The first episode runs to around 50 minutes, the second episode is a touch longer, and the third is around the same. Within the time it takes to watch the first few episodes of the series, you could have easily finished the movie and made yourself some lunch, and both of these things would feel like a much better use of your time.
I appreciate the point of Fatal Attraction is to flesh out the movie, but I’d argue fleshing out a story means adding additional content that feels worthwhile. Dragging something out to the nth degree is not the same thing, and that’s what Fatal Attraction seems to do.
This series also lacks energy and excitement. There is absolutely no spark between Dan and Alex, and this is another significant issue.
The two begin a sexual relationship because that’s what it says in the script. At no point in the series do the characters share any kind of connection or chemistry, no matter how much the show wants it, so it is up to viewers to fill in the gaps.
Joshua Jackson and Lizzie Caplan are fine in their respective roles as Dan and Alex, and Caplan does get to lean into some dark territory with the third episode, which lifts things up a touch, but still not in a significant way. The scripts just don’t feel strong enough, ultimately lacking the sparkle that made the original what it was, and this makes it all feel a bit pointless.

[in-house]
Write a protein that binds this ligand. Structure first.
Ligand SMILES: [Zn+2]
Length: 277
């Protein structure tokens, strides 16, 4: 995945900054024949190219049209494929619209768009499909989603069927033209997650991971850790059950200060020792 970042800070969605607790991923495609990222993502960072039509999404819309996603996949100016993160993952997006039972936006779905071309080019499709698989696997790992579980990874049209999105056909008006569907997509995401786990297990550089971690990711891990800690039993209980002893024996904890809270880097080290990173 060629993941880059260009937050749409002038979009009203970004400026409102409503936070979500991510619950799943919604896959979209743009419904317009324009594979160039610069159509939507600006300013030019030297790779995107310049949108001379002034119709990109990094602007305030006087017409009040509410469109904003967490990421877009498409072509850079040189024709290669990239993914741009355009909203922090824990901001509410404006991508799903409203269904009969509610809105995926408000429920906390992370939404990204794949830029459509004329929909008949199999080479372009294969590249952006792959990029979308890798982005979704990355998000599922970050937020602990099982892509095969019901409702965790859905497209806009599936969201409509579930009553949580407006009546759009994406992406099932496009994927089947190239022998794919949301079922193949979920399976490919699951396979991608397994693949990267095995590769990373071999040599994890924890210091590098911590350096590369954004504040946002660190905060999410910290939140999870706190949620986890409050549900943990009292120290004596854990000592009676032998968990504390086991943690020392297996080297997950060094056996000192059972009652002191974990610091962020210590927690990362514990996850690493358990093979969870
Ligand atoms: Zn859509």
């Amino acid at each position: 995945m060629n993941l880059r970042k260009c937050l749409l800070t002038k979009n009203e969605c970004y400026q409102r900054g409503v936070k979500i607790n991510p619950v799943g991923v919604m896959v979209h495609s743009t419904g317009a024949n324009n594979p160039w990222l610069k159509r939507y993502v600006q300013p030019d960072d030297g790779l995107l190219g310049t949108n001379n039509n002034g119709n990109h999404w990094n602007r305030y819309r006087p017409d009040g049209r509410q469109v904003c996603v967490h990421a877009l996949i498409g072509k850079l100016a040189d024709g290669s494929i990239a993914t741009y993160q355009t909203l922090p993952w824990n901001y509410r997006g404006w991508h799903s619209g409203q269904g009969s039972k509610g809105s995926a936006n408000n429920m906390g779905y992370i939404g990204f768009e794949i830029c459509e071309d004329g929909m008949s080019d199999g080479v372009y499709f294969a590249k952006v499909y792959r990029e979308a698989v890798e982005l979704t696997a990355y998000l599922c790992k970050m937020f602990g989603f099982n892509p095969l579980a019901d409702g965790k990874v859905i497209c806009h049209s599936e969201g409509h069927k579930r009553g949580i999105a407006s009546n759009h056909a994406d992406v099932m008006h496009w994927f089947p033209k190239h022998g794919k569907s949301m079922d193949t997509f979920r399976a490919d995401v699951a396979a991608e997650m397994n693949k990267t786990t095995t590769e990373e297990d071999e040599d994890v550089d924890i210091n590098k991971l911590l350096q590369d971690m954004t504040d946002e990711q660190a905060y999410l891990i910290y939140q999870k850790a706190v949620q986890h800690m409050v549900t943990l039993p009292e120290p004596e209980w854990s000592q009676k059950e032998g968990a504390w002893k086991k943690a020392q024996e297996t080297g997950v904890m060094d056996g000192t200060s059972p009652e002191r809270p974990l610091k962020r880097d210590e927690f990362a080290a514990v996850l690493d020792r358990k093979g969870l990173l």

It is possible that things will pick up in future episodes, but I’m not sure I’m all that interested to see where this series goes next. There are so many shows available, and only so much time to fit them all in, so if something doesn’t catch after three lengthy instalments you have to wonder how much more investment will it take?
I also can’t help but wonder, will newcomers really stick with this show after the first episode? The drawn-out approach to Fatal Attraction offers little in the way of short-term enjoyment, so outside of those who already know what’s coming, will newbies play the waiting game?
Probably not. And then that begs the final question: Why bother?
If the show is only likely to attract those who are already familiar with the original film, then why remake it in the first place? Surely it then becomes a waste of time and money?!
Ultimately, this latest version of Fatal Attraction does nothing for me. It fails to improve on the original, it lacks the passion of its predecessor, and at times it bored the life out of me.
It does have occasional moments that work, and given more time, perhaps it could really go to some intriguing places, but based on the first collection of episodes I feel I’ve had my fill. Telling a new version of the same story is only worthwhile if there’s something new to add, and I’m not convinced this iteration of Fatal Attraction will ever achieve this.
Should you wish to check out Fatal Attraction for yourself, the series is streaming on Paramount+. However, my advice would be to watch or re-watch the movie instead and save yourself some time.
Thank you for taking the time to read this review on It’s A Stampede!. For more reviews, check out the recommended reads below.